Vice President of Clinical Strategies
Thanksgiving and Christmas: The Healthy Holidays!
The first Thanksgiving was celebrated in 1621 over a 3-day harvest festival, and of course, Christmas has been celebrated for centuries in many different ways across the world. These can be high-calorie, high-stress events, but we must make them as healthy as possible (mustn’t we?).
According to SignatureMD, the typical holiday meal will contain 2,500 – 3,000 calories! And that’s not including appetizers. But rest assured, the turkey is not an issue here. Turkey is a great low-fat source of protein, with about 32 grams of it in 4 ounces. Spiral Sliced Ham (1 serving) contains 5g total carbs, 5g net carbs, 6g fat, 15g protein, and 140 calories. It’s commonly thought that eating turkey causes drowsiness because of the tryptophan in the meat, but it has comparable levels to many other types of meat. In fact, many kinds of cheese contain more! Tryptophan is not produced by the human body and must be supplied through food. According to the Houston Chronicle, one of tryptophan’s most essential roles in the body is helping to synthesize a “happy chemical,” serotonin, in the brain. Serotonin contributes to our mood, well-being, happiness, cognition, and memory. Additionally, ingesting a food source high in carbohydrates (like stuffing or a dinner roll) can help make the tryptophan in turkey easier to convert to serotonin.
Green beans are loaded with bone-building fuel, including calcium, phosphorous, and Vitamin K. Brussels sprouts are loaded with vitamin A, folacin, potassium, and calcium. They have 3-5 grams of fiber per cup and 25 calories per 1/2 cup cooked. Sweet potatoes contain anthocyanin, and other pigments that are thought to have anti-inflammatory health benefits and help the body absorb iron via copper and vitamin C. Eating these yummy vegetables may help with inflammation-related health problems.
Cranberries contain a tremendous number of polyphenols that serve as antioxidants specifically beneficial to heart health. A recent study has shown that the proanthocyanidins contained within cranberries improve oral health by preventing bacteria from binding to teeth! Unfortunately, most of that goodness is in the berry’s skin, so eat the whole berry version.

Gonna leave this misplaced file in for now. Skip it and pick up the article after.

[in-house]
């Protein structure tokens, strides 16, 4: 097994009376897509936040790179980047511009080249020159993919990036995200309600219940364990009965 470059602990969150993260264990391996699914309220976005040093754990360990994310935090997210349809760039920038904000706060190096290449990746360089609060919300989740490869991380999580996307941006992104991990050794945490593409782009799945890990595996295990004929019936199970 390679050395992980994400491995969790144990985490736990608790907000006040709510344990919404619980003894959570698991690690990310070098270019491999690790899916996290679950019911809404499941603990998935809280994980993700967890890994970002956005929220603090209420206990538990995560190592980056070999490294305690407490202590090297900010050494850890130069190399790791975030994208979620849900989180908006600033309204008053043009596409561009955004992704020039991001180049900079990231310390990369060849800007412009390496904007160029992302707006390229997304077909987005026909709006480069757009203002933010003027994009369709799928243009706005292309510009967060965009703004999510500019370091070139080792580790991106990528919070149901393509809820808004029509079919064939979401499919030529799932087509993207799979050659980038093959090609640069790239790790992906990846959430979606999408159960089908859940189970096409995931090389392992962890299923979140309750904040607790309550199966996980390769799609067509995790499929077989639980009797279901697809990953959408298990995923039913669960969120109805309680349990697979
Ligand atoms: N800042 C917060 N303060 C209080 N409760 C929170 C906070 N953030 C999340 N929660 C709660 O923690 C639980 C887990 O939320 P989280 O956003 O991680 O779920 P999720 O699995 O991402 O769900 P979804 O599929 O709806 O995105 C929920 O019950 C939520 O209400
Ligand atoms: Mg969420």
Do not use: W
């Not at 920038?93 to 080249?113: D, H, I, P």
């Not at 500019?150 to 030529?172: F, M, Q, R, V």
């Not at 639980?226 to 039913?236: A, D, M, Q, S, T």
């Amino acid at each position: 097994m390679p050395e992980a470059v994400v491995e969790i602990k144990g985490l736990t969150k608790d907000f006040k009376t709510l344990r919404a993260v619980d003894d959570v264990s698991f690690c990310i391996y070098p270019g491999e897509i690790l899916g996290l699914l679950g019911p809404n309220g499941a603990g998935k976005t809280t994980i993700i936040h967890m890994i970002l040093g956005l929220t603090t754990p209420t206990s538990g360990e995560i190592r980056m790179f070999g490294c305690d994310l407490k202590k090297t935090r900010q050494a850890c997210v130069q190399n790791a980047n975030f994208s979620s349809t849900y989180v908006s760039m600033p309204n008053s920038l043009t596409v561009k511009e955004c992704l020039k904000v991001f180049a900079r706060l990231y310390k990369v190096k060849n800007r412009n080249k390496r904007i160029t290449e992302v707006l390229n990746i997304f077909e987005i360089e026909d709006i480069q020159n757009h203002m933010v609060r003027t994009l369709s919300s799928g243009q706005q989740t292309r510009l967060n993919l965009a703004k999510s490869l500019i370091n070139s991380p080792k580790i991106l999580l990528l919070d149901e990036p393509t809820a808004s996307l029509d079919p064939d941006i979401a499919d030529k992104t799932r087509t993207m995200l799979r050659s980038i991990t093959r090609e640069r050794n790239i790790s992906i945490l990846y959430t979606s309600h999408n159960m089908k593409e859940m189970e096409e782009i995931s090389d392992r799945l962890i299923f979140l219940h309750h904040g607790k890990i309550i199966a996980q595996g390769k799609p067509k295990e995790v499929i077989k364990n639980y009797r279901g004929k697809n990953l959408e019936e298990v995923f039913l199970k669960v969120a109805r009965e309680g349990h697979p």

To burn off the calories from 1 slice of pecan pie with cream, you must walk approximately 5.5 miles. But if you choose pumpkin pie, one cup of pumpkin contains enough beta carotene to meet 245% of your daily intake of vitamin A, which is one of the most significant nutrients of concern related to eye health. When you cut that slice of pumpkin pie for dessert, think of it as fuel for your eyes.
One day of feasting will not ruin a healthy dietary pattern, so if you splurge, get back on track! Food is an integral part of celebratory gatherings. Depriving yourself can lead to overindulgence later, so it’s all right to enjoy a modest serving of au gratin potatoes, a glass of eggnog, or a slice of your favorite pie as the occasional treats they are. Savoring your favorite holiday foods slowly and mindfully and reflecting on how much you enjoy sharing them with family and friends is essential to enjoying life.
According to the USDA, more than 34 million people, including 9 million children, in the United States are food insecure. Let’s keep that in mind and share the bounty as much as possible.
Spending lots of time with relatives can spread colds, flu, and COVID and be a hotbed for stress and disappointment. Remember those most vulnerable and request that others do so, too. Being mindful might mean testing, masks, vaccines, or outside gatherings.
Family time is meant to be joyful, enriching, and comforting. Prioritize physical and mental health needs for you and your guests. Plan some games for different age groups, so there is something to do besides eat and talk. Take a walk between dinner and dessert. Drive around and see Christmas lights or sing carols. Try to get as many things done ahead of time. We all know these tips, but following them is tricky—delegate responsibilities to others like games, clearing tables, and boxing leftovers. Alcohol can sometimes add fuel to a smoldering family feud. Have other beverages available and make sure the water flows.
It can also be a great time to reconnect and remember why you love these people and how precious time together can be. Take deep breaths, take lots of pictures, and remember, whether you are a guest or host – don’t expect perfection, be present in the moment, and less is more. If you are fortunate enough to live in one of the four towns in the United States named “Turkey” or the ten called “Christmas,” or you live in a town with a non-holiday name, enjoy! It’s good for you.